Oil companies demand end to ethanol mandates

As described in our March 10 article, it is generally accepted that fuel companies hit the so-called blending wall this past winter, a situation where EPA blending mandates cannot be fulfilled, even if every drop of gasoline contains 10% ethanol by volume. This has unleashed the unintended consequence of RIN (Renewable Identification Number) speculation, as described in this article from the oil industry newsletter Platts.

While oil producers and various industry and consumer groups such as the Aviation Fuel Club have been calling on Congress for the past several years to repeal the RFS2 ethanol mandates that are a consequence of the EISA 2007 Act, now even the nation’s third-largest producer of ethanol, Valero, has asked Congress to scrap the entire law and start over.

As described in the Des Moines Register, “Bill Klesse, chief executive of Valero Energy Corp., told a Senate panel that the Renewable Fuel Standard — an eight-year-old law that requires refiners to produce alternative fuels to help reduce the country’s dependence on foreign energy — is ‘out of control’ and needs to be overhauled to better reflect today’s marketplace…With not enough gallons of fuel available to blend all the ethanol required, refiners are forced to buy these credits to comply with the law. RIN prices have soared to a record, topping $1.30 per gallon this week, from a few cents earlier in the year.”

Not only aviators prefer an ethanol-free choice.  The website Pure-Gas.org, the best list of retail sellers of ethanol-free fuel, just passed through the 7,000 mark, little more than six months since it reached 6,000.

With pressure mounting from consumers, industry groups, those concerned about the negative influence of ethanol production on third-world food prices and now even the ethanol producers themselves, how much longer can Congress ignore the need for the obvious, scrapping this obsolete and market-distorting law? An end to ethanol mandates would eliminate the added cost of RINs, greatly expand the availability of aviation-grade mogas and assure future supplies of an FAA-approved, lower-cost, lead-free alternative to 100LL.

It would be great to have our own aviation advocacy groups weigh in on this important issue. If any of our readers include the leaders of the EAA, AOPA, GAMA, NATA, and the NBAA, why not have your D.C. office add its name to the growing list of those calling for a repeal?  Perhaps one day we’ll finally see mogas available at Oshkosh, where it was first approved by the FAA 31 years ago and could power the vast majority of aircraft that make the annual aerial trek to EAA AirVenture, taking place this year from July 29-Aug. 4.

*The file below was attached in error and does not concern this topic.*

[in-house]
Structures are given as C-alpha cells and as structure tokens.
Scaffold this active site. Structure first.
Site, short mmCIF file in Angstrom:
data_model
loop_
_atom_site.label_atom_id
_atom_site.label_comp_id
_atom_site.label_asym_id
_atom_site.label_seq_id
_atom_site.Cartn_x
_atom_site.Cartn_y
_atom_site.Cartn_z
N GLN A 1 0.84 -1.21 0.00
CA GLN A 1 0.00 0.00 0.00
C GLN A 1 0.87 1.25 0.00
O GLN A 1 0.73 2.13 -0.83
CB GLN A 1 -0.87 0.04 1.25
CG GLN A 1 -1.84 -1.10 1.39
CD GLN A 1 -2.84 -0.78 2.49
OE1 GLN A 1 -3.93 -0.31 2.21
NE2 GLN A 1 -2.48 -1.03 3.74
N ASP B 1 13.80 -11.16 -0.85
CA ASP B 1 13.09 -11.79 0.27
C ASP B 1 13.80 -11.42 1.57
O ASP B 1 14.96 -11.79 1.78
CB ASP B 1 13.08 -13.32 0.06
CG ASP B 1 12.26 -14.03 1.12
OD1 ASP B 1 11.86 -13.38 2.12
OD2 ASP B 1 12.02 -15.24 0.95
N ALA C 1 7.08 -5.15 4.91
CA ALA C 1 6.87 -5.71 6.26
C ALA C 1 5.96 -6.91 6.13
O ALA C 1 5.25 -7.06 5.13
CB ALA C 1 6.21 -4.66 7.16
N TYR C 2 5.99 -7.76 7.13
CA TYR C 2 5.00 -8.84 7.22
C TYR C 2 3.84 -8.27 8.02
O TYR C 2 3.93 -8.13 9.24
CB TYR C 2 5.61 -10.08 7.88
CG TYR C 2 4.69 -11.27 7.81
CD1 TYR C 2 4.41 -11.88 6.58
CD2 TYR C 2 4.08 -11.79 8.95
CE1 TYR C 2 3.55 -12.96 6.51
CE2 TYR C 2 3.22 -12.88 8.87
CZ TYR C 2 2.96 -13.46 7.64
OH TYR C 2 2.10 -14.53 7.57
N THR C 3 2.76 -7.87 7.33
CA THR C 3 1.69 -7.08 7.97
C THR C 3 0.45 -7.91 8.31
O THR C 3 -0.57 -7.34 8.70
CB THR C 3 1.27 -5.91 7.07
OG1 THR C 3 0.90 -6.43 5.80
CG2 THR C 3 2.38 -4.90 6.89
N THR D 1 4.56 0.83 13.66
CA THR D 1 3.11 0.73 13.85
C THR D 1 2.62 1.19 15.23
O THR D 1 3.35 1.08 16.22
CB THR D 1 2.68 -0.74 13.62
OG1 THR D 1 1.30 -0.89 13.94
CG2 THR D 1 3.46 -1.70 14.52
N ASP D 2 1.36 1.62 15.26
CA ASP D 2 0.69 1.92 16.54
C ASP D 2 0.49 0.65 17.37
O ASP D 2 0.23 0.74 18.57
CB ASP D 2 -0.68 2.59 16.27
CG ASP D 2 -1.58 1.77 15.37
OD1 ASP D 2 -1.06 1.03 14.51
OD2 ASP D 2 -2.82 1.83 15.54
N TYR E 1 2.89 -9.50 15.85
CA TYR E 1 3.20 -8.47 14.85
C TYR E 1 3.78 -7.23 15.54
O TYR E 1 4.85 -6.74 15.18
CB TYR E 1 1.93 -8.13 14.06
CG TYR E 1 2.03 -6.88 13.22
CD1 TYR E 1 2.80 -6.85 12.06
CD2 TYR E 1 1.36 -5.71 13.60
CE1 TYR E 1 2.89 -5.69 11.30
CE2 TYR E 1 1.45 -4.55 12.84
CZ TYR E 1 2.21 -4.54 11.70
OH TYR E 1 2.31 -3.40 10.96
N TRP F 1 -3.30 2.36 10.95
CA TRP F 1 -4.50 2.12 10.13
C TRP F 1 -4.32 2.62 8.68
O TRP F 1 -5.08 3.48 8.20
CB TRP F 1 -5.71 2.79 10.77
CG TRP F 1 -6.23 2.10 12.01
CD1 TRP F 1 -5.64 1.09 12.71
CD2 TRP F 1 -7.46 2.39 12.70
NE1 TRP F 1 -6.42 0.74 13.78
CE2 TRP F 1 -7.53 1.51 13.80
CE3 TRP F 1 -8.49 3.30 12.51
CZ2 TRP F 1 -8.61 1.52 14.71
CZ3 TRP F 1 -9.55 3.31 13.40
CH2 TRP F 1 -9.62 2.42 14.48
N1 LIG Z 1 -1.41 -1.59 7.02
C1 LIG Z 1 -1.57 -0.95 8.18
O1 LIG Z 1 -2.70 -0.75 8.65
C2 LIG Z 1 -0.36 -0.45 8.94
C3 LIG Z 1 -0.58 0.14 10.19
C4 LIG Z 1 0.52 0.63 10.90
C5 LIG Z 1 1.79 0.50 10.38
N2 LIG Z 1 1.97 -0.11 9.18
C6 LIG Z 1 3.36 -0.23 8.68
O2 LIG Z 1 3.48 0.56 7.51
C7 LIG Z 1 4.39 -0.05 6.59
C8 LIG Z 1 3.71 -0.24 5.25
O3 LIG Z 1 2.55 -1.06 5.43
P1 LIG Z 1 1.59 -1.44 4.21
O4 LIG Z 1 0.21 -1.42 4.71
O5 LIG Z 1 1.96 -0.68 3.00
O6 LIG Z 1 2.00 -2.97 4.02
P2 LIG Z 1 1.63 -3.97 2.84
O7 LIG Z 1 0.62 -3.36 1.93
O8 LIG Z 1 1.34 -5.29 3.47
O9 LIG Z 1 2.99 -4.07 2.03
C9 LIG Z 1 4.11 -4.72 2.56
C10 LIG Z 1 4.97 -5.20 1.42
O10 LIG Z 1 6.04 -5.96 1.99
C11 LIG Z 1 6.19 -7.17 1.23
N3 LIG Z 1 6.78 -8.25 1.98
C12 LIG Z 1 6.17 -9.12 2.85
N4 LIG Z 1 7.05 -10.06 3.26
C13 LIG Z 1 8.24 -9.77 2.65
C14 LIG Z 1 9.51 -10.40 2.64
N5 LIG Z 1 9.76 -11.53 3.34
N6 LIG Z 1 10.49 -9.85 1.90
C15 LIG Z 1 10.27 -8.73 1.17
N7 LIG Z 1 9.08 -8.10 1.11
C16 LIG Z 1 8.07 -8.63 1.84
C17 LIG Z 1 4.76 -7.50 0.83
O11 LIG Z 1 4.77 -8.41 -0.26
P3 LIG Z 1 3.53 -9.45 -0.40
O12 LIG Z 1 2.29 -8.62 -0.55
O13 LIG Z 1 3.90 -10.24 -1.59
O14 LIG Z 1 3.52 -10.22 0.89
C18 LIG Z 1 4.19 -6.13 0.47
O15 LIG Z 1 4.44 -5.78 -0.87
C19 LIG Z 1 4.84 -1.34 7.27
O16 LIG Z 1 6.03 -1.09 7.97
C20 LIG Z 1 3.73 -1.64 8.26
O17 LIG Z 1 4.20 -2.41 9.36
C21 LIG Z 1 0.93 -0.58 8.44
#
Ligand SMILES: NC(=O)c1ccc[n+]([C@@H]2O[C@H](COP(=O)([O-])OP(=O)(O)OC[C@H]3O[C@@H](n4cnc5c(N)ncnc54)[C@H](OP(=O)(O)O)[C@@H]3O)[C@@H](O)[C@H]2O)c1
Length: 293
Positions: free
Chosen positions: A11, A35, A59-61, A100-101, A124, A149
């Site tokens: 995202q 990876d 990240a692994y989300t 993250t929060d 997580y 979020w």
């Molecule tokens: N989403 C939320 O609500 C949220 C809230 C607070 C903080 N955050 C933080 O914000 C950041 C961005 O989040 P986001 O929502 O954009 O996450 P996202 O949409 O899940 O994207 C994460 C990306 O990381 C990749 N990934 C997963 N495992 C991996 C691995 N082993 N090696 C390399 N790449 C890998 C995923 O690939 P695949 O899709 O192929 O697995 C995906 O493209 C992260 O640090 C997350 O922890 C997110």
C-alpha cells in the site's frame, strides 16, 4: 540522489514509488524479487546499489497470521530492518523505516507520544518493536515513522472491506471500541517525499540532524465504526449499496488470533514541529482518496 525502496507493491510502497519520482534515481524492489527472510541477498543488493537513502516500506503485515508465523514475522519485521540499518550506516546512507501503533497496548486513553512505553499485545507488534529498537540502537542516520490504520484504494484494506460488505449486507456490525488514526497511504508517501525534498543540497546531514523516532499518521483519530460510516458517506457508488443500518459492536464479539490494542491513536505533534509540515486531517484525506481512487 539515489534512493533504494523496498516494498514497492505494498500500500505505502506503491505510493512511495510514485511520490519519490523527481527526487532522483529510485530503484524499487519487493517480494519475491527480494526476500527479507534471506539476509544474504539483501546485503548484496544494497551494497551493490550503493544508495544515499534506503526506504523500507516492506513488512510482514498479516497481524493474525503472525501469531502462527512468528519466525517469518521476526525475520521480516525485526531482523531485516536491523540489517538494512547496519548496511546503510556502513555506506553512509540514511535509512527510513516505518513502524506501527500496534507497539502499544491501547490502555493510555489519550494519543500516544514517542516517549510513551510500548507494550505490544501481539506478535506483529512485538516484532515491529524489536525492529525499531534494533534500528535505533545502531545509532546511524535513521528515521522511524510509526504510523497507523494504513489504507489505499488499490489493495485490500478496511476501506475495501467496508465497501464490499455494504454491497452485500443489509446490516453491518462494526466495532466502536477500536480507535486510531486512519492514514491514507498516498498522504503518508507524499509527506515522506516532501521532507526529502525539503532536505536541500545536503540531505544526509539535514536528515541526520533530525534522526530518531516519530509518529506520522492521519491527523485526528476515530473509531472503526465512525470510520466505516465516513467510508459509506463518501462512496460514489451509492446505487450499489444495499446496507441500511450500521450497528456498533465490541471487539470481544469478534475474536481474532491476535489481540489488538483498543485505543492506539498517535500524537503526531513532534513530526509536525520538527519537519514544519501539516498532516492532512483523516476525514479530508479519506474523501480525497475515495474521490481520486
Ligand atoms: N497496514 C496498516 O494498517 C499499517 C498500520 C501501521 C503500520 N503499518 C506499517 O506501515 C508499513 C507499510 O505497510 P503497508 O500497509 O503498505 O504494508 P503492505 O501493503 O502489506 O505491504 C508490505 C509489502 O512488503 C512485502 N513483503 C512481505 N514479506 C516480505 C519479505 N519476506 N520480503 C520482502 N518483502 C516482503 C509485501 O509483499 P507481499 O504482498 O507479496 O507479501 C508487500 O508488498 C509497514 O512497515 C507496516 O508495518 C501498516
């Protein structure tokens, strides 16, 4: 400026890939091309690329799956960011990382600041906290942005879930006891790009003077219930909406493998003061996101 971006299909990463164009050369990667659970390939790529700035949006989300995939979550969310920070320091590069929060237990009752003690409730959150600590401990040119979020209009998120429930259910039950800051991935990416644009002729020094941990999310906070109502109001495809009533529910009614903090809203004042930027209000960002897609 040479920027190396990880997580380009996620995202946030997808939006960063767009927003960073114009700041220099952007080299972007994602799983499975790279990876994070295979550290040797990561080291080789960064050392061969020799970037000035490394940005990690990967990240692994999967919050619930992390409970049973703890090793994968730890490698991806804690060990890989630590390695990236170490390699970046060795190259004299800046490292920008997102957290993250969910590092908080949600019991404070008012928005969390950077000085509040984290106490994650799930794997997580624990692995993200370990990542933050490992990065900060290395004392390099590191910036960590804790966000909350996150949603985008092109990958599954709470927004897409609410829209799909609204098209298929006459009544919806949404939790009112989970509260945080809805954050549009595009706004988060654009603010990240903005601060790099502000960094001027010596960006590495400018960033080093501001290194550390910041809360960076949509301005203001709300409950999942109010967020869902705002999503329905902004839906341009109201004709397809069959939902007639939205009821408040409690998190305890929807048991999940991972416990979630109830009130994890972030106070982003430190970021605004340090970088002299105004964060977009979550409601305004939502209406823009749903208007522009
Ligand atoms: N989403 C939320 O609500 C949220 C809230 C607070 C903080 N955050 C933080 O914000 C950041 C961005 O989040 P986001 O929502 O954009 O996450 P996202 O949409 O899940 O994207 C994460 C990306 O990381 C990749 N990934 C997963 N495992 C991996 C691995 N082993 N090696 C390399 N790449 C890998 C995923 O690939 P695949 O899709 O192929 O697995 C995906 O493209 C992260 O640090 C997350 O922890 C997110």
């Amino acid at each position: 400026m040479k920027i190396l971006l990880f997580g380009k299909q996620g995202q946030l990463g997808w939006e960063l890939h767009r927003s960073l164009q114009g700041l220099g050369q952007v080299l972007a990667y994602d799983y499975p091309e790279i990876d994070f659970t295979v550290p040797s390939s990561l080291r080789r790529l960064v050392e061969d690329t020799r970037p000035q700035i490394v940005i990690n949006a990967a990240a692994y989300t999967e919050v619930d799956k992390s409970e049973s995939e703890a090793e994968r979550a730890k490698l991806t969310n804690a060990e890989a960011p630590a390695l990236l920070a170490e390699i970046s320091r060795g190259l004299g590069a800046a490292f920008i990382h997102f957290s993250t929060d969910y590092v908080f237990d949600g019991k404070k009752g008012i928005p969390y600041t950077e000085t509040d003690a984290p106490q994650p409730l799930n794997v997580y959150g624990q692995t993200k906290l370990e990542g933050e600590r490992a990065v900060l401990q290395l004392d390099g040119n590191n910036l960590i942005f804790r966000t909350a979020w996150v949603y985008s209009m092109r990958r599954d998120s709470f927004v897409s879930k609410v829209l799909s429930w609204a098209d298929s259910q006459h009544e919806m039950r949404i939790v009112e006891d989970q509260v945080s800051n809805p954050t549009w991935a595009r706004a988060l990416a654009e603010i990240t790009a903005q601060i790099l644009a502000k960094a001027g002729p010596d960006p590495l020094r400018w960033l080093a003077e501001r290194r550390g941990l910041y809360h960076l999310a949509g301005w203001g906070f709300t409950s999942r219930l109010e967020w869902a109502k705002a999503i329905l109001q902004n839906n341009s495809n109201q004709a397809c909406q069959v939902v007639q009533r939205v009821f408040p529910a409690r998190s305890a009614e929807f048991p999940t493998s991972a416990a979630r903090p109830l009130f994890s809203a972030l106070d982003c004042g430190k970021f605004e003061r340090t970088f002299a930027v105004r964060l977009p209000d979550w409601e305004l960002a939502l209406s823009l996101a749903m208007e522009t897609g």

1. Guido says

    Pure-Gas is on the honor basis and many of the listings are bogus. They list 183 stations in Oregon, including some Shell, Chevron and Valero! These just aren’t true. I checked several near Sacramento a couple years ago and they too were bogus. Great idea but not accurate so I wouldn’t quote their growing count to support any conclusions.

  2. Henry says

    I can’t blame the oil companies if some one was taking 10% or more of my business I would complain too. I know we don’t get most of our oil from the middle east but our usage props up their prices and they funnel money to groups of people that want us all dead. Why do we want to help them and not the farmers? They don’t want anybody dead. The more mouths the better. Why can’t we use ethanol in our planes? To expensive to change? When we will drop 30K for a new radio. It only took a couple hundred to change cars over to burn ethanol.

  3. says

    Everyday, we are bombarded with calls to get congress to do the right thing. It is so frustrating that we elected them and are paying them to do just that. So why is it that we have to be constantly doing their job. Who ever needed corn in our gasoline to increase the supply? We certainly don’t need it now, and, but for the bungling fools in Washington, we would be the richest, most prosperous, most energy independent nation on earth. They kill our jobs, starve people around the world, ruin our equipment and stifle our initiative. We don’t need anymore laws, we just need to start getting rid of the ones that are hurting this country on every front. This is not just an issue about Fuel for our planes.

  4. Ron Arras says

    Up here in the midwest just go to any store that sells Stihl chainsaws or weed eaters etc. They have pallets of fuel without ethanol in quart, gallon and 5 gallon cans. Thats to combat E10 not E 85.

  5. says

    Booze in gasoleen has already ruined 2 chainsaws-1 garden tractor and a weed eater and a boat engine hoses and a carb. Several of my boating friends have to replace hoses frequently. The whole thing was generated by dumb people to get the farm vote. Alaska does not use E10 . Why should we. Regards Ray

  6. John says

    Government is stupid. Government meddling in free markets is more stupid. Always has been. And it never changes… Best wishes to those trying to change it.

  7. Jscott says

    Unfortunately, AOPA and EAA want the fantasy drop in replacement for 100LL regardless of the cost. We already know that whatever that fuel turns out to be, it will cost more than 100LL, which many of us can’t afford now. Apparently fuel costs don’t matter to the alphabet soup guys. Unfortunately, the rest of us have to deal with reality. Their stance only serves to demonstrate that they only care about the big money guys that can afford the bigger planes that require 100LL or an equivalent replacement.